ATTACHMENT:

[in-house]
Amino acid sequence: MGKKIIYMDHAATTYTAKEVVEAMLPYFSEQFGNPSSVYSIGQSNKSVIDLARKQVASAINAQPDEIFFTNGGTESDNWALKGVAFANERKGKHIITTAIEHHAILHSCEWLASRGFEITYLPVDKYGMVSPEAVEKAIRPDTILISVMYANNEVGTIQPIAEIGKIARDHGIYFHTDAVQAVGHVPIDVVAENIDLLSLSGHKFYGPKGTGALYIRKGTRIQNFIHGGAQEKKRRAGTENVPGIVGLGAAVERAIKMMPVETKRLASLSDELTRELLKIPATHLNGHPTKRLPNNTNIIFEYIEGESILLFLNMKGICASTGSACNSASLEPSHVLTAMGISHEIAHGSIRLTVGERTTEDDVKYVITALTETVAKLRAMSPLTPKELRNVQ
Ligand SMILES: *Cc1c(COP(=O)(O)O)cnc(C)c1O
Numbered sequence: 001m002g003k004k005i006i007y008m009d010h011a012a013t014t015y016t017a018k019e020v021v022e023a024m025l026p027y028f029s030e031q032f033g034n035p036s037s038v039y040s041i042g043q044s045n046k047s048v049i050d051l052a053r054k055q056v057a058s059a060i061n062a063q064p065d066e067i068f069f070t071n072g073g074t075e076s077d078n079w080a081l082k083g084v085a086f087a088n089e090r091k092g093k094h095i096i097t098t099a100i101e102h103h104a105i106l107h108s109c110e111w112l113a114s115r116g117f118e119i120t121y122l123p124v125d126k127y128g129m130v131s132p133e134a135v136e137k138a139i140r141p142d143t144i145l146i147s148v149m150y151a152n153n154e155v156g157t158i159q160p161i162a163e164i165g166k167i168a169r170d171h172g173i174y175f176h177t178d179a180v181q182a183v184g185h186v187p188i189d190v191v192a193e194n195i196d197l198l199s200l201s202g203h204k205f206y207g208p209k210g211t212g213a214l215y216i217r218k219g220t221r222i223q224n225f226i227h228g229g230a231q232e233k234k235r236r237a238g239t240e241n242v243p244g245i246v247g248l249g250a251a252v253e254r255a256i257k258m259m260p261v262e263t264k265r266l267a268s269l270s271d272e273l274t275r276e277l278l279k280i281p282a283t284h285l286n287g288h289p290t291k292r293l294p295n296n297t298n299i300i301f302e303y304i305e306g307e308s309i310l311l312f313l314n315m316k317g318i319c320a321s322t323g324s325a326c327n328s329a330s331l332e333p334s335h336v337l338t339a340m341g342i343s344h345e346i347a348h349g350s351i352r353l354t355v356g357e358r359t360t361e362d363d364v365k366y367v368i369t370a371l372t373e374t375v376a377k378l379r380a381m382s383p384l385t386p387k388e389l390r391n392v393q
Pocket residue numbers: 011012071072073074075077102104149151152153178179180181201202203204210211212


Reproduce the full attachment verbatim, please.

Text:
[in-house]
Amino acid sequence: MGKKIIYMDHAATTYTAKEVVEAMLPYFSEQFGNPSSVYSIGQSNKSVIDLARKQVASAINAQPDEIFFTNGGTESDNWALKGVAFANERKGKHIITTAIEHHAILHSCEWLASRGFEITYLPVDKYGMVSPEAVEKAIRPDTILISVMYANNEVGTIQPIAEIGKIARDHGIYFHTDAVQAVGHVPIDVVAENIDLLSLSGHKFYGPKGTGALYIRKGTRIQNFIHGGAQEKKRRAGTENVPGIVGLGAAVERAIKMMPVETKRLASLSDELTRELLKIPATHLNGHPTKRLPNNTNIIFEYIEGESILLFLNMKGICASTGSACNSASLEPSHVLTAMGISHEIAHGSIRLTVGERTTEDDVKYVITALTETVAKLRAMSPLTPKELRNVQ
Ligand SMILES: *Cc1c(COP(=O)(O)O)cnc(C)c1O
Numbered sequence: 001m002g003k004k005i006i007y008m009d010h011a012a013t014t015y016t017a018k019e020v021v022e023a024m025l026p027y028f029s030e031q032f033g034n035p036s037s038v039y040s041i042g043q044s045n046k047s048v049i050d051l052a053r054k055q056v057a058s059a060i061n062a063q064p065d066e067i068f069f070t071n072g073g074t075e076s077d078n079w080a081l082k083g084v085a086f087a088n089e090r091k092g093k094h095i096i097t098t099a100i101e102h103h104a105i106l107h108s109c110e111w112l113a114s115r116g117f118e119i120t121y122l123p124v125d126k127y128g129m130v131s132p133e134a135v136e137k138a139i140r141p142d143t144i145l146i147s148v149m150y151a152n153n154e155v156g157t158i159q160p161i162a163e164i165g166k167i168a169r170d171h172g173i174y175f176h177t178d179a180v181q182a183v184g185h186v187p188i189d190v191v192a193e194n195i196d197l198l199s200l201s202g203h204k205f206y207g208p209k210g211t212g213a214l215y216i217r218k219g220t221r222i223q224n225f226i227h228g229g230a231q232e233k234k235r236r237a238g239t240e241n242v243p244g245i246v247g248l249g250a251a252v253e254r255a256i257k258m259m260p261v262e263t264k265r266l267a268s269l270s271d272e273l274t275r276e277l278l279k280i281p282a283t284h285l286n287g288h289p290t291k292r293l294p295n296n297t298n299i300i301f302e303y304i305e306g307e308s309i310l311l312f313l314n315m316k317g318i319c320a321s322t323g324s325a326c327n328s329a330s331l332e333p334s335h336v337l338t339a340m341g342i343s344h345e346i347a348h349g350s351i352r353l354t355v356g357e358r359t360t361e362d363d364v365k366y367v368i369t370a371l372t373e374t375v376a377k378l379r380a381m382s383p384l385t386p387k388e389l390r391n392v393q
Pocket residue numbers: 011012071072073074075077102104149151152153178179180181201202203204210211212